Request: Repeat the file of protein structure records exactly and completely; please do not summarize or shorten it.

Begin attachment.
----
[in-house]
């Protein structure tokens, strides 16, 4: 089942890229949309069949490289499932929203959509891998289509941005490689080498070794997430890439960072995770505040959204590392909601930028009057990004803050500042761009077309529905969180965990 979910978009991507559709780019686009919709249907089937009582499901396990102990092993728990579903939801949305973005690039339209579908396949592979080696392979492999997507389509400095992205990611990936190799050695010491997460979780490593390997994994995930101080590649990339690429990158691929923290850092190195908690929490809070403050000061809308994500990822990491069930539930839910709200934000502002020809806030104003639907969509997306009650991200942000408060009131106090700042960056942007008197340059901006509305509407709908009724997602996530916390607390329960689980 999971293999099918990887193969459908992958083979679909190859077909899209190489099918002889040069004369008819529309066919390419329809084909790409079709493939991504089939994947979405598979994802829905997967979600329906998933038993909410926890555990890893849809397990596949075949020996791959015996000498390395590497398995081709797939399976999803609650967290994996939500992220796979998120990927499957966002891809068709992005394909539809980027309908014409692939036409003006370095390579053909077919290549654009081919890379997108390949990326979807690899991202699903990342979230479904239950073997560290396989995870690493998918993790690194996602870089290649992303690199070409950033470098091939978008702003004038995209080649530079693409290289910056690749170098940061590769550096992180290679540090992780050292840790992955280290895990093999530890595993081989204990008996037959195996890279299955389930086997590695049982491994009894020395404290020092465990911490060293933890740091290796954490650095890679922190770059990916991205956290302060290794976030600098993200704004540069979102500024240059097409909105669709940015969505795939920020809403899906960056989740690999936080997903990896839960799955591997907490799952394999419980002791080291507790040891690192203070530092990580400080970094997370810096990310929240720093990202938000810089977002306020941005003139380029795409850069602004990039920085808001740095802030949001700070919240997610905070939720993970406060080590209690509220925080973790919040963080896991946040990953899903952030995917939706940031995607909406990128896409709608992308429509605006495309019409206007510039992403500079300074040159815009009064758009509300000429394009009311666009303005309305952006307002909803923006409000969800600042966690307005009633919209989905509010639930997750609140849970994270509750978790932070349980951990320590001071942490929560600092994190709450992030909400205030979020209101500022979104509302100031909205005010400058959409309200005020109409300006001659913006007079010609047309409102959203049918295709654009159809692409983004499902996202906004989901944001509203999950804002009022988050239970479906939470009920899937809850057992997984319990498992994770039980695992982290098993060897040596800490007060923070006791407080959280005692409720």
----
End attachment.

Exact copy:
[in-house]
């Protein structure tokens, strides 16, 4: 089942890229949309069949490289499932929203959509891998289509941005490689080498070794997430890439960072995770505040959204590392909601930028009057990004803050500042761009077309529905969180965990 979910978009991507559709780019686009919709249907089937009582499901396990102990092993728990579903939801949305973005690039339209579908396949592979080696392979492999997507389509400095992205990611990936190799050695010491997460979780490593390997994994995930101080590649990339690429990158691929923290850092190195908690929490809070403050000061809308994500990822990491069930539930839910709200934000502002020809806030104003639907969509997306009650991200942000408060009131106090700042960056942007008197340059901006509305509407709908009724997602996530916390607390329960689980 999971293999099918990887193969459908992958083979679909190859077909899209190489099918002889040069004369008819529309066919390419329809084909790409079709493939991504089939994947979405598979994802829905997967979600329906998933038993909410926890555990890893849809397990596949075949020996791959015996000498390395590497398995081709797939399976999803609650967290994996939500992220796979998120990927499957966002891809068709992005394909539809980027309908014409692939036409003006370095390579053909077919290549654009081919890379997108390949990326979807690899991202699903990342979230479904239950073997560290396989995870690493998918993790690194996602870089290649992303690199070409950033470098091939978008702003004038995209080649530079693409290289910056690749170098940061590769550096992180290679540090992780050292840790992955280290895990093999530890595993081989204990008996037959195996890279299955389930086997590695049982491994009894020395404290020092465990911490060293933890740091290796954490650095890679922190770059990916991205956290302060290794976030600098993200704004540069979102500024240059097409909105669709940015969505795939920020809403899906960056989740690999936080997903990896839960799955591997907490799952394999419980002791080291507790040891690192203070530092990580400080970094997370810096990310929240720093990202938000810089977002306020941005003139380029795409850069602004990039920085808001740095802030949001700070919240997610905070939720993970406060080590209690509220925080973790919040963080896991946040990953899903952030995917939706940031995607909406990128896409709608992308429509605006495309019409206007510039992403500079300074040159815009009064758009509300000429394009009311666009303005309305952006307002909803923006409000969800600042966690307005009633919209989905509010639930997750609140849970994270509750978790932070349980951990320590001071942490929560600092994190709450992030909400205030979020209101500022979104509302100031909205005010400058959409309200005020109409300006001659913006007079010609047309409102959203049918295709654009159809692409983004499902996202906004989901944001509203999950804002009022988050239970479906939470009920899937809850057992997984319990498992994770039980695992982290098993060897040596800490007060923070006791407080959280005692409720």